Weekly Economic Update: The Meeting That Won't Stop The Nation

It’s a busy week ahead on the Australian calendar. The highlight for many will be tomorrow when the Melbourne Cup is held. The other key event that day is unlikely to involve the same level of excitement or consumption of booze. Markets are pricing in just a 5% chance that the Reserve Bank (RBA) will cut the cash rate at its meeting tomorrow. We expect that the RBA will leave the official cash rate unchanged.

A pause in rate cuts in November doesn’t necessarily signal the end of the current easing cycle. The RBA has cut rates three times this year and despite some assistance from tax breaks, the unemployment rate remains higher than the RBA would like. Moreover, inflation has been below its target range for nearly 4 years and consumer spending growth remains soggy. We expect the RBA will cut rates once more by another 25 basis points to 0.50% in February next year but weaker-than-expected data could bring this move forward to December.

An important insight into the RBA’s thinking will be delivered on Friday when the Statement of Monetary Policy (SoMP) is released. The SoMP provides forecasts for the Australian economy and the RBA’s outlook for inflation. The last statement in August offered a cautiously upbeat assessment of the domestic economy while noting that global growth was under threat from US-China trade tensions. Since then, there have been further signs that global growth is being hit by the loss in confidence and uncertainty from the trade frictions. Domestically, there has been limited improvement in economic activity, despite three rate cuts. Today’s retail-spending data is testament to the muted impact from rate cuts as well as the government’s tax-related boost.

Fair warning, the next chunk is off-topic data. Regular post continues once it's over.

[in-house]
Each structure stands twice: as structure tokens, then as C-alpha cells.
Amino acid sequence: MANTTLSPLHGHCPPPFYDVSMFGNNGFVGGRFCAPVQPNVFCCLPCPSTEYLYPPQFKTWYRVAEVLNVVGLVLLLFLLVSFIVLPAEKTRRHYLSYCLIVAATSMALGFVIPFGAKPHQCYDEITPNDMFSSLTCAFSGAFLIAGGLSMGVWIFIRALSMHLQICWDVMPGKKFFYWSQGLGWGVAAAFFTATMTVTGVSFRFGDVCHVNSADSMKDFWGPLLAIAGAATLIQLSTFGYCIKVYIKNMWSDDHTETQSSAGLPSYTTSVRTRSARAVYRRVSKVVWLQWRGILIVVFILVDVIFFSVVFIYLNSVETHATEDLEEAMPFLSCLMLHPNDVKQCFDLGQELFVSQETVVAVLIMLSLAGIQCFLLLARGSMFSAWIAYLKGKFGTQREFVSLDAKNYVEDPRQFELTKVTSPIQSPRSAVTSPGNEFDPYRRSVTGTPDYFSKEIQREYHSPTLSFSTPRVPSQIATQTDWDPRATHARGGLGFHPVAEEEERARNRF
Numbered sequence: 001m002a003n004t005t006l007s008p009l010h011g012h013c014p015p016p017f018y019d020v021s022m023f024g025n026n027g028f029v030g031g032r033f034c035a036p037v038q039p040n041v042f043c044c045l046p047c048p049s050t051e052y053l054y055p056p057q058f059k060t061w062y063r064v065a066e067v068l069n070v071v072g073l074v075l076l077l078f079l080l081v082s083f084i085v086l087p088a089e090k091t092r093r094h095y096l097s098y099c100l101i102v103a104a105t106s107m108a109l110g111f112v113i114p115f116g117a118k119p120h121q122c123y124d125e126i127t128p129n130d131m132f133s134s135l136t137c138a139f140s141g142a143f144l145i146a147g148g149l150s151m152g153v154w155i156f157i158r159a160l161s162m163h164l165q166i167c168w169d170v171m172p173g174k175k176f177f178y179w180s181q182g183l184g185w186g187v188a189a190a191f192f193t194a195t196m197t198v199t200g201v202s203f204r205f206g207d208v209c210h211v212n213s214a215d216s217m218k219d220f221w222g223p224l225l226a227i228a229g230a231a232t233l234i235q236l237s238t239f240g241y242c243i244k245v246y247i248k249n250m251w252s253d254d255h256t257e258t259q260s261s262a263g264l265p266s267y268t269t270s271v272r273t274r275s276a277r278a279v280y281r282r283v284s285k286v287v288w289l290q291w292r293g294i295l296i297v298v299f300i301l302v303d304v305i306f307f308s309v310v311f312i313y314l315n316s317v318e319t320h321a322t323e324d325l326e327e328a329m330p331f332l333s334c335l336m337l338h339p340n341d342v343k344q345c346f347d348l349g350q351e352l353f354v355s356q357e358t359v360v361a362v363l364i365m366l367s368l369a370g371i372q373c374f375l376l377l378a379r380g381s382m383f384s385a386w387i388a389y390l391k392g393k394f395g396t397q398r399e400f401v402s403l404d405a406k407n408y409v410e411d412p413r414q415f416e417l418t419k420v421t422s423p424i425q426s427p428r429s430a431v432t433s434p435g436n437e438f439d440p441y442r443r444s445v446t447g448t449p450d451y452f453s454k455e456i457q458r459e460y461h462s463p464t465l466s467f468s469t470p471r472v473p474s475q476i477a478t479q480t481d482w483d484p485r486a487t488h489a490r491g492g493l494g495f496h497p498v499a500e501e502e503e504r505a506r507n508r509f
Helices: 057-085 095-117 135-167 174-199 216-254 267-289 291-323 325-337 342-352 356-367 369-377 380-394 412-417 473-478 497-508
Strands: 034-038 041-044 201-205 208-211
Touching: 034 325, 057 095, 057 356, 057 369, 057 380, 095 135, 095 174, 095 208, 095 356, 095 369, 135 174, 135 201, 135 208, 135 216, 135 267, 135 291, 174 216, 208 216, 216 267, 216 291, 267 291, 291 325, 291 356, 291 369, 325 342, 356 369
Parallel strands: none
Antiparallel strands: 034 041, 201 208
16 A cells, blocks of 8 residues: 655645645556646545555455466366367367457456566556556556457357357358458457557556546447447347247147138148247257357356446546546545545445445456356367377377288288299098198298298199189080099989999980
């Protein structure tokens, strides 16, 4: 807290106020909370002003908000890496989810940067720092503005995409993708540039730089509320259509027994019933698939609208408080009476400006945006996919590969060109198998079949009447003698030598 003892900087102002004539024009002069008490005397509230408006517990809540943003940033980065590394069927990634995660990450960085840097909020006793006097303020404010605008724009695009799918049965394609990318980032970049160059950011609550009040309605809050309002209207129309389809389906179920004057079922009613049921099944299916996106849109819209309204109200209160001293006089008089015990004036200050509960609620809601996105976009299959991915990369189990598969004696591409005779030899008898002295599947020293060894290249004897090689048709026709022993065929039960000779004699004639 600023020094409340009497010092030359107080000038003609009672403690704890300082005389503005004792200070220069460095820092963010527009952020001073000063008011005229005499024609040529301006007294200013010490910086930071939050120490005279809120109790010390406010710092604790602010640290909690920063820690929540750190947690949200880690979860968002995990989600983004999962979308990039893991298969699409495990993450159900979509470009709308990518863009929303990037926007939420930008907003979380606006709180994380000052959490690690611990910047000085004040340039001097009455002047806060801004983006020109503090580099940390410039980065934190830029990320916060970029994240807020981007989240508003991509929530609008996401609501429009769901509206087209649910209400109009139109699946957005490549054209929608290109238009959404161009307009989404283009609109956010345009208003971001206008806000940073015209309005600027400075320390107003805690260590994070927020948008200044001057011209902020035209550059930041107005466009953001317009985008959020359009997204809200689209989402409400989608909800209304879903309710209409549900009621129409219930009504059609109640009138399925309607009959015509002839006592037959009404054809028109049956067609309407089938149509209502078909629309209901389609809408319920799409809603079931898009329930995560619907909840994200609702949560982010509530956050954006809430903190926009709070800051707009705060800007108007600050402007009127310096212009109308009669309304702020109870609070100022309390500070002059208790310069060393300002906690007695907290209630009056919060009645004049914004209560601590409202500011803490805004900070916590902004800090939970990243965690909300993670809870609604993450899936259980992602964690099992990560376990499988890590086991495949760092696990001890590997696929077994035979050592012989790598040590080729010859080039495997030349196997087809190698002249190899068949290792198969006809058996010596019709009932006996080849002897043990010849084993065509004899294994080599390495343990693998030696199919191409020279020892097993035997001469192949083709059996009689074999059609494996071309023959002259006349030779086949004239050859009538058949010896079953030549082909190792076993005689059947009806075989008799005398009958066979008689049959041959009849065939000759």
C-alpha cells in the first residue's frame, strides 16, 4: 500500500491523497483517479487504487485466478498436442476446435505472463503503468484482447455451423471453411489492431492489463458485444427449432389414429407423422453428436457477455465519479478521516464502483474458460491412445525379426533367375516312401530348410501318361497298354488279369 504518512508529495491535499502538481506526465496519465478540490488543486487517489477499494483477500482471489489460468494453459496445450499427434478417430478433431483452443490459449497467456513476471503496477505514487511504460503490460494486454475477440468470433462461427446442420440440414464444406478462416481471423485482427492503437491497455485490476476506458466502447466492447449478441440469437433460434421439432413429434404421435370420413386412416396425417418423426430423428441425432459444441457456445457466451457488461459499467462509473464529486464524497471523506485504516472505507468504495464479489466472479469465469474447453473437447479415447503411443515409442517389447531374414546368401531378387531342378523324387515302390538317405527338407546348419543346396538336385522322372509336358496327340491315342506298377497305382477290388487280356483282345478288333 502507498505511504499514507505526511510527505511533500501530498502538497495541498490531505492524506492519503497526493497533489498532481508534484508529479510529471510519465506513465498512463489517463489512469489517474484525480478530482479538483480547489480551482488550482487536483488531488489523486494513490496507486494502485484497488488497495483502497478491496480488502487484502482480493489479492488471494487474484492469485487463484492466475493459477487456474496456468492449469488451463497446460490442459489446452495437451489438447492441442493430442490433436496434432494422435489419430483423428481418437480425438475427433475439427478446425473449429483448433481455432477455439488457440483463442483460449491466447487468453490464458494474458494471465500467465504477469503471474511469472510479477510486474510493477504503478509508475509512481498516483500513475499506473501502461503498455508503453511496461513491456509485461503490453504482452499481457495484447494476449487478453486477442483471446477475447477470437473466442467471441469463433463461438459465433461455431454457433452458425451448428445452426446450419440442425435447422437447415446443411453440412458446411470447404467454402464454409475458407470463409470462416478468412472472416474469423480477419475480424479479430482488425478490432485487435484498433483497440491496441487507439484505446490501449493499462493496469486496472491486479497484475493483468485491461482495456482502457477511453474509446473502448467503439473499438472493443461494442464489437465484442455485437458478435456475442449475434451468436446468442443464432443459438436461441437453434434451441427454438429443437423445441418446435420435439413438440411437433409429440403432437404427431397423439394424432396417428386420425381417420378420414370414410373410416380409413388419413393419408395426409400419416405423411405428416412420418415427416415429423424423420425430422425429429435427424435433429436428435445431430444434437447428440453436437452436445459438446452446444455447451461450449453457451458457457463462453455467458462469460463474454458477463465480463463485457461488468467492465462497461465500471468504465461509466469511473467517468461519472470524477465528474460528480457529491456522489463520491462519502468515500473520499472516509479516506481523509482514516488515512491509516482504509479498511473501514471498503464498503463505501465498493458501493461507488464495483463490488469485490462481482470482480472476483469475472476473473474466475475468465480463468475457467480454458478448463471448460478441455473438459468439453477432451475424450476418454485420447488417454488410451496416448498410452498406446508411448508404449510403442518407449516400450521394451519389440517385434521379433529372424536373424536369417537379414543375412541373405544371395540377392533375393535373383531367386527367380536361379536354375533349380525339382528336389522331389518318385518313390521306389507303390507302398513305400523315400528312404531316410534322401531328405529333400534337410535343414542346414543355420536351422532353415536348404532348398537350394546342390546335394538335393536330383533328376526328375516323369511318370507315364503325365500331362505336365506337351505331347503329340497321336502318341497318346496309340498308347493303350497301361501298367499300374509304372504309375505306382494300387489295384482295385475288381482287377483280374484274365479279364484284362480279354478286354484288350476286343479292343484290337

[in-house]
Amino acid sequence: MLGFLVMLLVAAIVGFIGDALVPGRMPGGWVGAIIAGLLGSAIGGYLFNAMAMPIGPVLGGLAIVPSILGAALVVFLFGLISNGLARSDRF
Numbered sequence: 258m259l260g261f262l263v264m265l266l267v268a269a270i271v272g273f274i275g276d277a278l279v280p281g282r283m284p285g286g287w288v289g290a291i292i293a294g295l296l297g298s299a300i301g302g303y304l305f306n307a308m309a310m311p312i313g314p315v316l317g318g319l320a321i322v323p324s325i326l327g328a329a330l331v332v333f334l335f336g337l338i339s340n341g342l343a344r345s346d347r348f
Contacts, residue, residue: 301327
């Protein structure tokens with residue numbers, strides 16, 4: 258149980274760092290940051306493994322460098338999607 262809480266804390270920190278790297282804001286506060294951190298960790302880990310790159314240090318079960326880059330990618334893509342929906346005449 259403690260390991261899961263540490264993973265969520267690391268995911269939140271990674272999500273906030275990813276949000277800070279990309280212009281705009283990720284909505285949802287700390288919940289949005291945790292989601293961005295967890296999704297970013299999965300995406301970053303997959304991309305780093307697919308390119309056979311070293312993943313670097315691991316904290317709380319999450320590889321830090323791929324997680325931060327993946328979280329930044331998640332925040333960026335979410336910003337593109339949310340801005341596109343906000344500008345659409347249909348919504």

We continue to characterise the forecasts in the August SoMP as optimistic. Given the Governor’s recent statements we do not expect a material change in the November edition’s forecasts for 2020. We think GDP growth is likely to be 2.3% this year, compared with the RBA’s August forecast of 2.5% growth. The RBA have noted that risks are tilted to the downside for its GDP and inflation forecasts, but they still expect the economy to return to trend growth in 2020.

Further clues about the momentum of the economy will be provided in a raft of economic data released this week. Retail-sales data released this morning showed that consumer spending remains sluggish. Weak wages growth and high household debt continues to weigh on consumer spending, despite recent fiscal and monetary stimulus.

Thursday will see September’s trade balance data. We expect the trade surplus to fall to $4.7 billion. Commodity prices have ticked lower since July while imports are anticipated to be flat.

The SoMP is released on Friday as well as housing finance data. We expect the recent recovery in house prices and sales volumes to result in further growth in new lending. We expect the number of owner-occupier loans, excluding refinancing, to increase 1.0% in September and in value terms for a rise of 1.5% to be recorded.  The value of investor loans should rise 1.5% in the month.

 

For our forecasts, please see the attached report for more information.



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